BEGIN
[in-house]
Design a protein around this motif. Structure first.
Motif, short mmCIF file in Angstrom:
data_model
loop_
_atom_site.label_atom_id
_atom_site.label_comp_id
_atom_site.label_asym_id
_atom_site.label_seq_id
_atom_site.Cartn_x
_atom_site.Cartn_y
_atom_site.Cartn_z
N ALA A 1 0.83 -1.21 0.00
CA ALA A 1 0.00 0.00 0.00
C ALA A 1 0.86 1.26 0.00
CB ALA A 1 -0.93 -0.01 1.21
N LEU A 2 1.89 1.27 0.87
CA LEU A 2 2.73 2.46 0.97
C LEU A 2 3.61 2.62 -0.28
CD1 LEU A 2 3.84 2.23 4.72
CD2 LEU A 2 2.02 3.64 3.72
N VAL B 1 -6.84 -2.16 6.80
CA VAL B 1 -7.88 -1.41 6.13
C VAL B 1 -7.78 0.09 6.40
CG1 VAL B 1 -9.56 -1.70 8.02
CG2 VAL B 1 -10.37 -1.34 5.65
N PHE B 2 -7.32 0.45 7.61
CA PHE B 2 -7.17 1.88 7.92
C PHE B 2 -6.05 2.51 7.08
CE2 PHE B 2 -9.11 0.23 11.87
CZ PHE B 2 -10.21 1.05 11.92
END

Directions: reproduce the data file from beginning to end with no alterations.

[in-house]
Design a protein around this motif. Structure first.
Motif, short mmCIF file in Angstrom:
data_model
loop_
_atom_site.label_atom_id
_atom_site.label_comp_id
_atom_site.label_asym_id
_atom_site.label_seq_id
_atom_site.Cartn_x
_atom_site.Cartn_y
_atom_site.Cartn_z
N ALA A 1 0.83 -1.21 0.00
CA ALA A 1 0.00 0.00 0.00
C ALA A 1 0.86 1.26 0.00
CB ALA A 1 -0.93 -0.01 1.21
N LEU A 2 1.89 1.27 0.87
CA LEU A 2 2.73 2.46 0.97
C LEU A 2 3.61 2.62 -0.28
CD1 LEU A 2 3.84 2.23 4.72
CD2 LEU A 2 2.02 3.64 3.72
N VAL B 1 -6.84 -2.16 6.80
CA VAL B 1 -7.88 -1.41 6.13
C VAL B 1 -7.78 0.09 6.40
CG1 VAL B 1 -9.56 -1.70 8.02
CG2 VAL B 1 -10.37 -1.34 5.65
N PHE B 2 -7.32 0.45 7.61
CA PHE B 2 -7.17 1.88 7.92
C PHE B 2 -6.05 2.51 7.08
CE2 PHE B 2 -9.11 0.23 11.87
CZ PHE B 2 -10.21 1.05 11.92